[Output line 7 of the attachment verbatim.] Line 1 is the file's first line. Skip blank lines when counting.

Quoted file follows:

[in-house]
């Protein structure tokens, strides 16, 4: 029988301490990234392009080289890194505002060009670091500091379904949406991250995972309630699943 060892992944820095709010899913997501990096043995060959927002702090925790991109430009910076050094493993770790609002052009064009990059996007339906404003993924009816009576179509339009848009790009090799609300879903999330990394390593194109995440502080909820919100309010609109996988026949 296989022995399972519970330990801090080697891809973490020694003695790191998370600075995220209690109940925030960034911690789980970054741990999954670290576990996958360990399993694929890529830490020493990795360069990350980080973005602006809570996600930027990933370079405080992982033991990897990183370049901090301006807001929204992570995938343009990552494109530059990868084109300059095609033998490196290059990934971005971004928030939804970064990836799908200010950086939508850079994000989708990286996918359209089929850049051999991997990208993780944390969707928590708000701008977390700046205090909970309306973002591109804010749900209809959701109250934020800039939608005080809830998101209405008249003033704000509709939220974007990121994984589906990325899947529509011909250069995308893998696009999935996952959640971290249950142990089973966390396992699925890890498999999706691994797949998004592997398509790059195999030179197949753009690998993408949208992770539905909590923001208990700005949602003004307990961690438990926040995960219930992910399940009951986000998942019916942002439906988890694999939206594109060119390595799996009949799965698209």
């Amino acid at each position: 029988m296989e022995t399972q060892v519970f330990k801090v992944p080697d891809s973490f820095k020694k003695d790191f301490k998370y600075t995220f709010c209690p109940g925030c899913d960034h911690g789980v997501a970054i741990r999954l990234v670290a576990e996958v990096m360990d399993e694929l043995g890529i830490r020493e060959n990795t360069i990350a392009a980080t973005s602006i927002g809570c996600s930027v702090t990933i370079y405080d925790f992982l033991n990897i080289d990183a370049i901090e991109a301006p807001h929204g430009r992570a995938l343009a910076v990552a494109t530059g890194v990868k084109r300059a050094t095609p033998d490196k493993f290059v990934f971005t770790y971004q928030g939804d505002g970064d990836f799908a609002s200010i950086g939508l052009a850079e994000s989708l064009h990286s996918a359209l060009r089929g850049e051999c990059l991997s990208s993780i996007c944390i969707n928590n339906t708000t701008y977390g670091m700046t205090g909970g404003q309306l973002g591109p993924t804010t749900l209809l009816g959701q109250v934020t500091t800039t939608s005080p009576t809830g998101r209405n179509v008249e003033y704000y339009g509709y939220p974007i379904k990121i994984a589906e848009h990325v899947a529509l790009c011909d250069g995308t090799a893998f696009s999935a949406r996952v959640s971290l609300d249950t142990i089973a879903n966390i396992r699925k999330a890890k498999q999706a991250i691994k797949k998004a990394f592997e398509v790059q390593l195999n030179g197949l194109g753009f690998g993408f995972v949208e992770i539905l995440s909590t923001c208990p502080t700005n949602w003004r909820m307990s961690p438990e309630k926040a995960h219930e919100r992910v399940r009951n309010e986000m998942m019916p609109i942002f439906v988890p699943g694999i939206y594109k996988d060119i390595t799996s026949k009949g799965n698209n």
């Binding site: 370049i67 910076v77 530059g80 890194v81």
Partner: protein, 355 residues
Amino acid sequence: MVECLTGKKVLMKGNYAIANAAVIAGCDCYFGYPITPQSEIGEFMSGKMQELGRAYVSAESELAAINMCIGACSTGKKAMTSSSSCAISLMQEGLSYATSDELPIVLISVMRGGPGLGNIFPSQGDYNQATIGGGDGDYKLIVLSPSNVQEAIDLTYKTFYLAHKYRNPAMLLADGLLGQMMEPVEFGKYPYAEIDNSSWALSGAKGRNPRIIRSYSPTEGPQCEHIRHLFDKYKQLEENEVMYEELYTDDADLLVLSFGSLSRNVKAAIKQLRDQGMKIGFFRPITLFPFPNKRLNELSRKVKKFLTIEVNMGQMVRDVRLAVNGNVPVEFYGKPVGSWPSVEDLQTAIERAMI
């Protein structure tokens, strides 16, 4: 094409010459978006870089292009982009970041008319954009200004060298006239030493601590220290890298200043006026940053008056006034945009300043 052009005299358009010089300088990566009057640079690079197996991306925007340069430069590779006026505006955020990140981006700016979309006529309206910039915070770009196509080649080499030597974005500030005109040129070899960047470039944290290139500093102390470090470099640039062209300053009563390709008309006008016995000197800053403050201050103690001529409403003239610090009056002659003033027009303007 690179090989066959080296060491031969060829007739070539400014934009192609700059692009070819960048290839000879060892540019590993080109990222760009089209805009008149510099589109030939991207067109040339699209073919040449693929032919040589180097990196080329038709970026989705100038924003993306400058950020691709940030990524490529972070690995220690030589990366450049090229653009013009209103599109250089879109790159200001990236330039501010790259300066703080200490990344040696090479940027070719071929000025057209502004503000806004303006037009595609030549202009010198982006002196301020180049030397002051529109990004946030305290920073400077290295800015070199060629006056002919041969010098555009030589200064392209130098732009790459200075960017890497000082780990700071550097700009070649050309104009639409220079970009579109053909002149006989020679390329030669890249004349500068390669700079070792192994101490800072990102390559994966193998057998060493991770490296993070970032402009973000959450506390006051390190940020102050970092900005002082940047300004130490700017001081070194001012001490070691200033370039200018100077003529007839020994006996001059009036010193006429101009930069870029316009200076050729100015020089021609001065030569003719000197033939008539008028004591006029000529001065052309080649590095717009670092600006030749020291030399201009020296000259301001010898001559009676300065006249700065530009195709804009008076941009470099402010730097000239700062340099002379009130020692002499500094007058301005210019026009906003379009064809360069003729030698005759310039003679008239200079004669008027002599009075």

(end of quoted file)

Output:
């Protein structure tokens, strides 16, 4: 094409010459978006870089292009982009970041008319954009200004060298006239030493601590220290890298200043006026940053008056006034945009300043 052009005299358009010089300088990566009057640079690079197996991306925007340069430069590779006026505006955020990140981006700016979309006529309206910039915070770009196509080649080499030597974005500030005109040129070899960047470039944290290139500093102390470090470099640039062209300053009563390709008309006008016995000197800053403050201050103690001529409403003239610090009056002659003033027009303007 690179090989066959080296060491031969060829007739070539400014934009192609700059692009070819960048290839000879060892540019590993080109990222760009089209805009008149510099589109030939991207067109040339699209073919040449693929032919040589180097990196080329038709970026989705100038924003993306400058950020691709940030990524490529972070690995220690030589990366450049090229653009013009209103599109250089879109790159200001990236330039501010790259300066703080200490990344040696090479940027070719071929000025057209502004503000806004303006037009595609030549202009010198982006002196301020180049030397002051529109990004946030305290920073400077290295800015070199060629006056002919041969010098555009030589200064392209130098732009790459200075960017890497000082780990700071550097700009070649050309104009639409220079970009579109053909002149006989020679390329030669890249004349500068390669700079070792192994101490800072990102390559994966193998057998060493991770490296993070970032402009973000959450506390006051390190940020102050970092900005002082940047300004130490700017001081070194001012001490070691200033370039200018100077003529007839020994006996001059009036010193006429101009930069870029316009200076050729100015020089021609001065030569003719000197033939008539008028004591006029000529001065052309080649590095717009670092600006030749020291030399201009020296000259301001010898001559009676300065006249700065530009195709804009008076941009470099402010730097000239700062340099002379009130020692002499500094007058301005210019026009906003379009064809360069003729030698005759310039003679008239200079004669008027002599009075």